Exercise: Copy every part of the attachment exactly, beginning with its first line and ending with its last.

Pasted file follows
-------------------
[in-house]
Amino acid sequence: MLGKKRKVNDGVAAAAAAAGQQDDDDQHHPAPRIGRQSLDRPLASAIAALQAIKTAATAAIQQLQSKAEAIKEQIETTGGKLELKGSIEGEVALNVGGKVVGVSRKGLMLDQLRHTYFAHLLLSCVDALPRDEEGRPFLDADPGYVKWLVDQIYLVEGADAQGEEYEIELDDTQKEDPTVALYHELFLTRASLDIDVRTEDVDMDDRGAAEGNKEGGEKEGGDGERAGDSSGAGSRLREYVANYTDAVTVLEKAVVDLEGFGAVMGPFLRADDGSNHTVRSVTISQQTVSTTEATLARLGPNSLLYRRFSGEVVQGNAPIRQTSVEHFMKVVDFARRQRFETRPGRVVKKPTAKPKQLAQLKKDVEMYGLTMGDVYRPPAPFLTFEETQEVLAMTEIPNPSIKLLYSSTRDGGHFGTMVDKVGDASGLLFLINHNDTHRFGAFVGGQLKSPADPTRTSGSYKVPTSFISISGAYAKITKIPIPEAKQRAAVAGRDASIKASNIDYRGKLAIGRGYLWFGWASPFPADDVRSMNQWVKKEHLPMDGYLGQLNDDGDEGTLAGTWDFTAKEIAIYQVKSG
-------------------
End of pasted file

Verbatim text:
[in-house]
Amino acid sequence: MLGKKRKVNDGVAAAAAAAGQQDDDDQHHPAPRIGRQSLDRPLASAIAALQAIKTAATAAIQQLQSKAEAIKEQIETTGGKLELKGSIEGEVALNVGGKVVGVSRKGLMLDQLRHTYFAHLLLSCVDALPRDEEGRPFLDADPGYVKWLVDQIYLVEGADAQGEEYEIELDDTQKEDPTVALYHELFLTRASLDIDVRTEDVDMDDRGAAEGNKEGGEKEGGDGERAGDSSGAGSRLREYVANYTDAVTVLEKAVVDLEGFGAVMGPFLRADDGSNHTVRSVTISQQTVSTTEATLARLGPNSLLYRRFSGEVVQGNAPIRQTSVEHFMKVVDFARRQRFETRPGRVVKKPTAKPKQLAQLKKDVEMYGLTMGDVYRPPAPFLTFEETQEVLAMTEIPNPSIKLLYSSTRDGGHFGTMVDKVGDASGLLFLINHNDTHRFGAFVGGQLKSPADPTRTSGSYKVPTSFISISGAYAKITKIPIPEAKQRAAVAGRDASIKASNIDYRGKLAIGRGYLWFGWASPFPADDVRSMNQWVKKEHLPMDGYLGQLNDDGDEGTLAGTWDFTAKEIAIYQVKSG